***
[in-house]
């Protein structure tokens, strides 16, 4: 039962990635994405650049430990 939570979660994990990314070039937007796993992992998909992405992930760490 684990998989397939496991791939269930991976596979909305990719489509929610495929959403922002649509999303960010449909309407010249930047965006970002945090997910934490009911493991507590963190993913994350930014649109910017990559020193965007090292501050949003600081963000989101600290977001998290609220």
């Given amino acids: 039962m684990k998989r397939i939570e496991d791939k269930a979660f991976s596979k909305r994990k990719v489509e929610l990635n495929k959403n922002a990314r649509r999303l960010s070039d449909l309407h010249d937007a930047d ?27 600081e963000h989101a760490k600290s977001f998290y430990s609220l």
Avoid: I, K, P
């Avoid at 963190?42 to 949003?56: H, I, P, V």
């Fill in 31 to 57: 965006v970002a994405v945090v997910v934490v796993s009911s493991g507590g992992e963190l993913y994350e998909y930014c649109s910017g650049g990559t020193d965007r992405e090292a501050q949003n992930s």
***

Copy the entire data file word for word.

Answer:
[in-house]
């Protein structure tokens, strides 16, 4: 039962990635994405650049430990 939570979660994990990314070039937007796993992992998909992405992930760490 684990998989397939496991791939269930991976596979909305990719489509929610495929959403922002649509999303960010449909309407010249930047965006970002945090997910934490009911493991507590963190993913994350930014649109910017990559020193965007090292501050949003600081963000989101600290977001998290609220």
């Given amino acids: 039962m684990k998989r397939i939570e496991d791939k269930a979660f991976s596979k909305r994990k990719v489509e929610l990635n495929k959403n922002a990314r649509r999303l960010s070039d449909l309407h010249d937007a930047d ?27 600081e963000h989101a760490k600290s977001f998290y430990s609220l």
Avoid: I, K, P
């Avoid at 963190?42 to 949003?56: H, I, P, V």
């Fill in 31 to 57: 965006v970002a994405v945090v997910v934490v796993s009911s493991g507590g992992e963190l993913y994350e998909y930014c649109s910017g650049g990559t020193d965007r992405e090292a501050q949003n992930s």